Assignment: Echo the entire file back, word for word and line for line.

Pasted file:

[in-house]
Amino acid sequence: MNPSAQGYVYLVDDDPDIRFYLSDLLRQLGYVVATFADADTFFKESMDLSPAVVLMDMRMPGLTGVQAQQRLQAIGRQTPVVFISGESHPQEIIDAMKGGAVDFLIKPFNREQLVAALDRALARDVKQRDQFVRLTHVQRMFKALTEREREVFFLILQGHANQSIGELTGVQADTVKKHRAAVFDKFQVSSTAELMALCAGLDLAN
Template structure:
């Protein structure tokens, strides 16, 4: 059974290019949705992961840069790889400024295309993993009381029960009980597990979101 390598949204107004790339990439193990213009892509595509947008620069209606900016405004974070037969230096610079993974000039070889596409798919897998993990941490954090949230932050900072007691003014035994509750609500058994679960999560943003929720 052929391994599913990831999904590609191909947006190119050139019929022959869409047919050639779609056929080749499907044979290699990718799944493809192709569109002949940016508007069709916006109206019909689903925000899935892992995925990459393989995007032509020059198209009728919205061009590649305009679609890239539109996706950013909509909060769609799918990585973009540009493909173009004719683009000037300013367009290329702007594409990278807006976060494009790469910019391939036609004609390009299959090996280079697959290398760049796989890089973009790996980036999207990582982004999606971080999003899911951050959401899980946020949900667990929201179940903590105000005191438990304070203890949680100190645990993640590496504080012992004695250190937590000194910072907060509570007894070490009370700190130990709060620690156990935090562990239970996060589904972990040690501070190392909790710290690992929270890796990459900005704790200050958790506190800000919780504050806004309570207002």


[in-house]
Amino acid sequence: MNPSAQGYVYLVDDDPDIRFYLSDLLRQLGYVVATFADADTFFKESMDLSPAVVLMDMRMPGLTGVQAQQRLQAIGRQTPVVFISGESHPQEIIDAMKGGAVDFLIKPFNREQLVAALDRALARDVKQRDQFVRLTHVQRMFKALTEREREVFFLILQGHANQSIGELTGVQADTVKKHRAAVFDKFQVSSTAELMALCAGLDLAN
Template structure:
């Protein structure tokens, strides 16, 4: 059974290019949705992961840069790889400024295309993993009381029960009980597990979101 390598949204107004790339990439193990213009892509595509947008620069209606900016405004974070037969230096610079993974000039070889596409798919897998993990941490954090949230932050900072007691003014035994509750609500058994679960999560943003929720 052929391994599913990831999904590609191909947006190119050139019929022959869409047919050639779609056929080749499907044979290699990718799944493809192709569109002949940016508007069709916006109206019909689903925000899935892992995925990459393989995007032509020059198209009728919205061009590649305009679609890239539109996706950013909509909060769609799918990585973009540009493909173009004719683009000037300013367009290329702007594409990278807006976060494009790469910019391939036609004609390009299959090996280079697959290398760049796989890089973009790996980036999207990582982004999606971080999003899911951050959401899980946020949900667990929201179940903590105000005191438990304070203890949680100190645990993640590496504080012992004695250190937590000194910072907060509570007894070490009370700190130990709060620690156990935090562990239970996060589904972990040690501070190392909790710290690992929270890796990459900005704790200050958790506190800000919780504050806004309570207002």